Coorong fishers say there have been improvements to the iconic wetland, with this being attributed to the policy of delivering water for environmental causes through the Murray-Darling Basin Plan.
Coorong fishers are reporting signs of the slow recovery to parts of the iconic wetland, thanks largely to the delivery of water for the environment.
Despite dry conditions across the MDB in the past four years, water for the environment has been delivered in small volumes via the barrages and fishways, helping to keep parts of the Coorong functioning.
The much-needed fresh water is helping to lower salinity in the north lagoon of the Coorong, and two local fishermen say this is benefitting native fish populations.
Glen Hill, Coorong Wild Seafood, Meningie, said bigger fish such as flounder and black bream, which are estuary dependent, are building in numbers - proof the environmental water releases are working.
"I often like to find out what the fish are eating and can attribute healthy looking fish to the food available," he said.
"This is due to the response of the bottom end of the food chain to the environmental flows released into the Coorong.
"It's positive to see, however it's only half the story as there are not enough environmental flows to see the same response in the South Lagoon."
Garry Hera-Singh,Meningie, has been a commercial fisher for 38 years and has observed increased abundance and diversity of the many fish species in the Coorong across the past decade.
"Increased productivity has been purely driven by strategic and managed annual releases of environmental water through the barrage network," he said.
"While this is a fantastic outcome, more water for the environment is needed to be delivered to the Coorong to build a higher level of resilience within the aquatic ecology for the next drought, and to buffer the impacts of long term climate change facing the region.
"Specifically, more river flow is needed to address the degradation of habitat issues plaguing the South Lagoon of the Coorong.
"Once upon a time (pre-white man) this region was a major fish habitat and nursery area."
Coorong, Lower Lakes and Murray Mouth program leader Adrienne Rumbelow said during summer and autumn, salinity in the South Lagoon often exceeded 100 parts per thousand (three times the salinity of seawater) and was largely uninhabitable for most native fish.
"This is not a natural condition in the South Lagoon," she said.
"High flows from the River Murray are needed to dilute and flush this salt from the system, yet this critical process has been happening much less frequently in recent decades.
"River regulation and development have resulted in significant disruption to natural flows to the Coorong.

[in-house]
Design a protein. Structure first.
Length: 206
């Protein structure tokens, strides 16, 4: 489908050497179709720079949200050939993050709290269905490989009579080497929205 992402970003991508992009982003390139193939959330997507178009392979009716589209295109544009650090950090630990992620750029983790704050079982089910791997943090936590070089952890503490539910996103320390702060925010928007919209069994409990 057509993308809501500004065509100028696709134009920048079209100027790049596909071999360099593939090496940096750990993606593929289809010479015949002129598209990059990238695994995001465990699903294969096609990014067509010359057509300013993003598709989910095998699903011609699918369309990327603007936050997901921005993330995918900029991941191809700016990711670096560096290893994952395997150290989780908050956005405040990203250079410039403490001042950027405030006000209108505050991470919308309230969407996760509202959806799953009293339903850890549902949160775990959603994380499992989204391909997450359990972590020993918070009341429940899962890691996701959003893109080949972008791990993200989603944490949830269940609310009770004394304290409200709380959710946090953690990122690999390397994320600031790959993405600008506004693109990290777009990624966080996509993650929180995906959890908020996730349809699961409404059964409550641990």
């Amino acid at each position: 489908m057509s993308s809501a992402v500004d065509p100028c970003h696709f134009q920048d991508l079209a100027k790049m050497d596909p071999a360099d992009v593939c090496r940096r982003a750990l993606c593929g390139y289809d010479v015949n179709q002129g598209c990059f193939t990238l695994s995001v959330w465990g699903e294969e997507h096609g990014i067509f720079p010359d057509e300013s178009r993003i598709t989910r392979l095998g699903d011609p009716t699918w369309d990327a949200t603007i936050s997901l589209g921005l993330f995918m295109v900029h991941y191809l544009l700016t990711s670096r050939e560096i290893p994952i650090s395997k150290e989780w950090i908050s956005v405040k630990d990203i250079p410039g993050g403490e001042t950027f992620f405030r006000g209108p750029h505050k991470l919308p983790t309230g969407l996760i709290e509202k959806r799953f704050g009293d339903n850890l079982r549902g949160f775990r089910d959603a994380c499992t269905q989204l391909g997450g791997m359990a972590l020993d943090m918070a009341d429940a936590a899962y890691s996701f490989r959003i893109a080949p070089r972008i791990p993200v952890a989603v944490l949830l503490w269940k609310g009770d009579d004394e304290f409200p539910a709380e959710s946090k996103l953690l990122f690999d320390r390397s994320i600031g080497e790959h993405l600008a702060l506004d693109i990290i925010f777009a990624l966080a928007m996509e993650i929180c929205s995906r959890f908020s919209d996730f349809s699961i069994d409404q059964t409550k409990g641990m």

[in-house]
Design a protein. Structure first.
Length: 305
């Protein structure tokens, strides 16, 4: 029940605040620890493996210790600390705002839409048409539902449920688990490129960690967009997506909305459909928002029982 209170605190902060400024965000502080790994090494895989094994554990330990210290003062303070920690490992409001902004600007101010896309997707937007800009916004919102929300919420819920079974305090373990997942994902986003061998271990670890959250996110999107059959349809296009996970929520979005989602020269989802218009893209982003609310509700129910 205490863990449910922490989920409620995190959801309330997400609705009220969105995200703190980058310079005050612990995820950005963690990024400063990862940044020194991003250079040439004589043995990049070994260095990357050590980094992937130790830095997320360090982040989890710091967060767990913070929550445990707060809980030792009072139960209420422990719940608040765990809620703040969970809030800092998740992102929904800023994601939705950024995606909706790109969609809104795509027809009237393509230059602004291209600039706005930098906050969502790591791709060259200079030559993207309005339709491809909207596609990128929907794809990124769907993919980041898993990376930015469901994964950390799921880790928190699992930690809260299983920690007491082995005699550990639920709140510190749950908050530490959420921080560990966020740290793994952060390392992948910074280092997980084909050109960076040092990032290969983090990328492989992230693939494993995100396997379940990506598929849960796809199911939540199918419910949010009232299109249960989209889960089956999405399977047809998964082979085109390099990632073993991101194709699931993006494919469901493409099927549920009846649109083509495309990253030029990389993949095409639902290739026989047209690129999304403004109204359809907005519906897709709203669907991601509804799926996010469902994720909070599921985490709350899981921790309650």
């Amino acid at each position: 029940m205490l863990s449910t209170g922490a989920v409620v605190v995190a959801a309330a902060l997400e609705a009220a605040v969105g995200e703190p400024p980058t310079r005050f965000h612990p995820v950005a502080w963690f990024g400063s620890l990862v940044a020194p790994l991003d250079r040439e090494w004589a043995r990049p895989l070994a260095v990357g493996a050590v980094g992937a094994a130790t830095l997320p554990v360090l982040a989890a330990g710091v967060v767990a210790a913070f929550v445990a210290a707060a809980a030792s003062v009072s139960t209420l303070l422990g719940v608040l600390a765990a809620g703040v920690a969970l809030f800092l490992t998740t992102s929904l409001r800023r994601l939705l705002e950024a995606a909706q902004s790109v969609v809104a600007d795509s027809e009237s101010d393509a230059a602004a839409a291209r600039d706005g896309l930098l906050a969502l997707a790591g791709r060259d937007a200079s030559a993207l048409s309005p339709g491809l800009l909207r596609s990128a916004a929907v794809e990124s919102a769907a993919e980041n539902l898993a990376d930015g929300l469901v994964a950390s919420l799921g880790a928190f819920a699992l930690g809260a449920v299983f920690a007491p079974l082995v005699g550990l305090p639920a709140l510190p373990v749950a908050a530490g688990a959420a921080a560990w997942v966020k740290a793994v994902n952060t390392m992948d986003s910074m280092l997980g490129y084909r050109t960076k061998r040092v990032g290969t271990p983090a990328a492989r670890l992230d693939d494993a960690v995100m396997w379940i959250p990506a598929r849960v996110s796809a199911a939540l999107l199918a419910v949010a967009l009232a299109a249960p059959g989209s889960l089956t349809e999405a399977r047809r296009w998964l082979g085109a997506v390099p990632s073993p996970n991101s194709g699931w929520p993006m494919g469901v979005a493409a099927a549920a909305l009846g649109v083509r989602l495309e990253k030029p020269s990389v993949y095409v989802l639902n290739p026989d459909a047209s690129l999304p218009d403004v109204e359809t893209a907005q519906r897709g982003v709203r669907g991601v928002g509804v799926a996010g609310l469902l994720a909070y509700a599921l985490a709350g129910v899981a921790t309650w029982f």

"Many of our rivers and wetlands have been modified as the population has grown to provide water for towns, industry and food production.
"In some rivers, up to half of the water that would have naturally flowed in them is removed each year for critical human water needs, irrigation and industry.
"This means that end of system flows to the Coorong are now just a small fraction of what would have occurred naturally."
Ms Rumbelow said water for the environment was water allocated and managed to improve the health of rivers, wetlands and floodplains across the MDB.
"Water for the environment allows us to actively manage how some water flows through these waterways and reintroduce a more natural flow regime - these flows are what we call 'water for the environment'," she said.
"Much of this water has been provided through the return flows of water delivered by the Commonwealth Environmental Water Holder to achieve environmental benefits in river channels and floodplains in NSW, Vic and elsewhere in SA.
"The return flows from these environmental waterings have made their way down to the Lower Lakes and allowed at least some fresh water to flow from the River Murray to the Coorong at all times.
"As a result of the provision of environmental water, there has been almost 11 years of continuous connectivity between the freshwater river environment and the sea.
"Without water for the environment, there would have been no freshwater flow to the Coorong between January 2018 to August 2020 and the ecology of the Coorong would have collapsed.
"These improvements have been most evident since Basin Plan implementation began in 2012 and it's rewarding to know the changes have been noticed and appreciated by the Coorong's commercial fishing industry."
Project Coorong's Healthy Coorong, Healthy Basin initiative is also investigating possible long-term management measures to improve the health of the Coorong South Lagoon to include, among other things, thriving fish communities.
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